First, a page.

Port Authority hopes staff will return on Monday [Cyprus Mail]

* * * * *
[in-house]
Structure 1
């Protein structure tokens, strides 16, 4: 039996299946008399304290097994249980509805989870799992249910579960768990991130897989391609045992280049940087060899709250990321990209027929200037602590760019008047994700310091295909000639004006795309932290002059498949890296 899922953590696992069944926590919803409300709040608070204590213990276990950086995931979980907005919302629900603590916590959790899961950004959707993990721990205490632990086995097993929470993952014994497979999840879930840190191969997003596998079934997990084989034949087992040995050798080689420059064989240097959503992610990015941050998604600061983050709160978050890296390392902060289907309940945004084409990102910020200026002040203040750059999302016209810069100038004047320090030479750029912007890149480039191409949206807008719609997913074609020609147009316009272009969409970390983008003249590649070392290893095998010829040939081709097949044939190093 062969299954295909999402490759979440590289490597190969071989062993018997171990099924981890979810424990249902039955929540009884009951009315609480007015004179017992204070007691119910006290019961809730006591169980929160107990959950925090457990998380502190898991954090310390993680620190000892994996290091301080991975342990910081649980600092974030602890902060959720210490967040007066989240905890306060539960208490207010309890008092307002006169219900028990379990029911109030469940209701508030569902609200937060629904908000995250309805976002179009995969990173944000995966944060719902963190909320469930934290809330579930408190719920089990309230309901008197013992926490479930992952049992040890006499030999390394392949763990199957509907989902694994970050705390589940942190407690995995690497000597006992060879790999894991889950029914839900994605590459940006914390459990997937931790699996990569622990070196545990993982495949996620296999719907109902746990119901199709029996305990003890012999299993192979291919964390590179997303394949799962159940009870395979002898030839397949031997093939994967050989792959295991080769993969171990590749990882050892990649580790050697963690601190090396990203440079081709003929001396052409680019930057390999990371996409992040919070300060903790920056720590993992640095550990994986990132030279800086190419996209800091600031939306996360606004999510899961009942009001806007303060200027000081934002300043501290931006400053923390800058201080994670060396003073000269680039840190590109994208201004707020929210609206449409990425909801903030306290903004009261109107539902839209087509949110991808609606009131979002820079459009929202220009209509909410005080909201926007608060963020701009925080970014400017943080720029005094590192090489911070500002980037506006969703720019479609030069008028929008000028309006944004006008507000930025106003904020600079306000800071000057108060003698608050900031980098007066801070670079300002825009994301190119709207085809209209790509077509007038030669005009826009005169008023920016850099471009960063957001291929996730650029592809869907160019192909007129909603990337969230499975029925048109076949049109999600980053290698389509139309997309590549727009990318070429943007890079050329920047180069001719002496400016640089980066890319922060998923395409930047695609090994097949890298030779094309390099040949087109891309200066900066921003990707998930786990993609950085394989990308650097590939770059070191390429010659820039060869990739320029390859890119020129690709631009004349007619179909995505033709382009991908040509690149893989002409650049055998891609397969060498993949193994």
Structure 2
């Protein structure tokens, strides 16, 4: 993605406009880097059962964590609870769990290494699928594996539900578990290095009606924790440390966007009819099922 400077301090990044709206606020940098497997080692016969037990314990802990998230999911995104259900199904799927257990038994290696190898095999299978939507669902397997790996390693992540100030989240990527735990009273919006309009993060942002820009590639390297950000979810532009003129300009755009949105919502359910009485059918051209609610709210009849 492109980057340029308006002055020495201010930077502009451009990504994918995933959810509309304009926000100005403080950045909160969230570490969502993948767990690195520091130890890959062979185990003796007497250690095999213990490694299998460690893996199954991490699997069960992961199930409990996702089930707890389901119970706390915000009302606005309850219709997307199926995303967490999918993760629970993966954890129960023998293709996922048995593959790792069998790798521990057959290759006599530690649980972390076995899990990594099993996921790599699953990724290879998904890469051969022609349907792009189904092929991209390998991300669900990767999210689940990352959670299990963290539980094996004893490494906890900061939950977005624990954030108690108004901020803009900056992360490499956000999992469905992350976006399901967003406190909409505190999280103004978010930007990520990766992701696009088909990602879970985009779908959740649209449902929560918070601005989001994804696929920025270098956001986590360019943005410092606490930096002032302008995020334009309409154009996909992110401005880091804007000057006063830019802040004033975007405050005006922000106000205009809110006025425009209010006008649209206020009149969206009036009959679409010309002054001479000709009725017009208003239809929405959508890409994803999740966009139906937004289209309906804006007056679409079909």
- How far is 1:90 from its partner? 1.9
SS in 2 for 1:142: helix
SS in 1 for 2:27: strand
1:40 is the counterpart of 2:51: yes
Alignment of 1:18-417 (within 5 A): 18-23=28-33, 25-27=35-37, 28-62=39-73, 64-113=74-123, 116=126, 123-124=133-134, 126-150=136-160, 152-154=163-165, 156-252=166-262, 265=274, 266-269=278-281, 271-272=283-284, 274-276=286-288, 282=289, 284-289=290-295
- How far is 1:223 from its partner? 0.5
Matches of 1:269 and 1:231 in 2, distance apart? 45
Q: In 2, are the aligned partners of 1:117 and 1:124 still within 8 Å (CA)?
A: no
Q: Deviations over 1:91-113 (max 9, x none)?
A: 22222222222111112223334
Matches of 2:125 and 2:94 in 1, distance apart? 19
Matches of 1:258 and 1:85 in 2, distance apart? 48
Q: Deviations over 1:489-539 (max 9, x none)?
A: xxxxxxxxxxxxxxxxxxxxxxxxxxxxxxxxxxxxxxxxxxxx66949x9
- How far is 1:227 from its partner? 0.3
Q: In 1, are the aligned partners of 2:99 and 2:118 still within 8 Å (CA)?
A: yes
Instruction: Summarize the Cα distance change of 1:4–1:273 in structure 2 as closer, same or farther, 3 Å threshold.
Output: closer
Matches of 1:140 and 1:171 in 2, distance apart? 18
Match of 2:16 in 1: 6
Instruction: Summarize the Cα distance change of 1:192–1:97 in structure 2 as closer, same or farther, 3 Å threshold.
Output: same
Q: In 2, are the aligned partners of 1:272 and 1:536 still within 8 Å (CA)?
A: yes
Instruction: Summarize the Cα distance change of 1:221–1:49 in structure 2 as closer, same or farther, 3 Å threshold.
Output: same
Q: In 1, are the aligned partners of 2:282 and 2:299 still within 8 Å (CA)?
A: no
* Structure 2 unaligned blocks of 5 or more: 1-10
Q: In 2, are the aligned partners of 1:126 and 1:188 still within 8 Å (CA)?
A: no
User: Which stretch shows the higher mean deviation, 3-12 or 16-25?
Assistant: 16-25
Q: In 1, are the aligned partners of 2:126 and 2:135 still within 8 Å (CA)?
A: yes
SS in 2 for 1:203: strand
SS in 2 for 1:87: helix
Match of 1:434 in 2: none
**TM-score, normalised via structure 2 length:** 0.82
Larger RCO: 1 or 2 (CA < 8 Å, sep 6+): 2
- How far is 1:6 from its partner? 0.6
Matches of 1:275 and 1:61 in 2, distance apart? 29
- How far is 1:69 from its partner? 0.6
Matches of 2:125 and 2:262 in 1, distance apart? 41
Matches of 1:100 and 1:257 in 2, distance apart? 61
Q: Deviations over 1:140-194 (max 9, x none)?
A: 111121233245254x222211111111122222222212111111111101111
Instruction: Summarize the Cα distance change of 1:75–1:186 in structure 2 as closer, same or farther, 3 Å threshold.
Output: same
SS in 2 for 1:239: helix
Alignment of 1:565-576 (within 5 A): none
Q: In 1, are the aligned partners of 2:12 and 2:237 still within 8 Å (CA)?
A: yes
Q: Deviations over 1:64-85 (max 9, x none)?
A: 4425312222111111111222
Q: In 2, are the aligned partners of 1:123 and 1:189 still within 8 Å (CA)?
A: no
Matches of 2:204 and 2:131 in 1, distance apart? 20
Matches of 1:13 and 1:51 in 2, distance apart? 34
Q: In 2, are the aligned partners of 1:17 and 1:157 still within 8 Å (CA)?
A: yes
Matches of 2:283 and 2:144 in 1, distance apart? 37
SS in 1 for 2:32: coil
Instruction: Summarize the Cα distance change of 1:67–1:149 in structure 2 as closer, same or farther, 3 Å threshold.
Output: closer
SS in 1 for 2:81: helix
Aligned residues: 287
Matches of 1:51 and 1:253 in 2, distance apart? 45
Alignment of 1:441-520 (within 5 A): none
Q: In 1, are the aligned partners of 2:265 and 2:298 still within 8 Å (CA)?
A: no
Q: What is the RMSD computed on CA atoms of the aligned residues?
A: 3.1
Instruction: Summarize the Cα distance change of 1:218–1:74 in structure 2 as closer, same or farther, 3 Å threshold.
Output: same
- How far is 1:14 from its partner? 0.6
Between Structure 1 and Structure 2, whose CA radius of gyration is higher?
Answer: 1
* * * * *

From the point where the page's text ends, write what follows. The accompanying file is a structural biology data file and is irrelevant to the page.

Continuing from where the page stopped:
(Cyprus Mail Via Acquire Media NewsEdge) THE hope that port employees will return to their posts on Monday so that business activity can resume was expressed on Saturday by Cyprus Ports Authority (CPA) head Alecos Michaelides. The ports remained closed for business on Friday due to a 24-hour strike by CPA employees protesting government plans to privatise the authority and port employee unions' decision to abstain from overtime employment after the "employers' side unilaterally amended the terms of employment" – the authority's latest budget included reductions in shift and overtime allowances. The strike and stopping overtime mean the Larnaca and Limassol ports' effective shutdown for business on Friday will continue throughout the weekend, affecting a total of nine ships – five fuel tankers and four cargo ships, some of which carry perishable goods for export. Limassol port manager Giorgos Ppouros said that "most ships heading to Cyprus during this time have changed direction, meaning imports will be delayed by at least one week." In an effort to bridge the gap, Michaelides said that the issue will be discussed with the finance ministry and employee unions. "Port employees' jobs are rather atypical, as employees are routinely called in for short stints of work outside their normal working hours," he said. CPA employees joined their fellow employees at semi-governmental organisations (SGOs) Electricity Authority of Cyprus (EAC) and telecoms company CyTA on a 24-hour strike on Friday in protest at the provisions of a government bill governing privatisations to be voted on by the House on Monday. The bill calls for the creation of a privatisation inter-ministerial committee, headed by the finance minister and tasked with issuing guidelines and roadmaps, but does not provide for House involvement in the process, drawing fire from opposition parties and junior partner in the government coalition, DIKO. SGO employee unions protest the privatisation bill as they claim that, despite earlier promises and current assertions by the government, at no point were they engaged in the decision-making process to state their positions. "There has been no consultation by the government with the unions and there are no assurances that CPA employees' rights are secure," CPA employee union SYALK's leader Andreas Georgiou said. Unions also reject the government's claim that SGO employees' 'rights' – meaning job security and benefits – are secured, and argue that privatisation is not in the public interest as SGO profits are national income. Glafcos Constantinou, union SIDIKEK-PEO's secretary, said that "the CPA is a profit-making organisation that has a lot of potential to contribute." "If allowed, it can take advantage of the services it offers, become more profitable and contribute to economic growth in Cyprus," he added.
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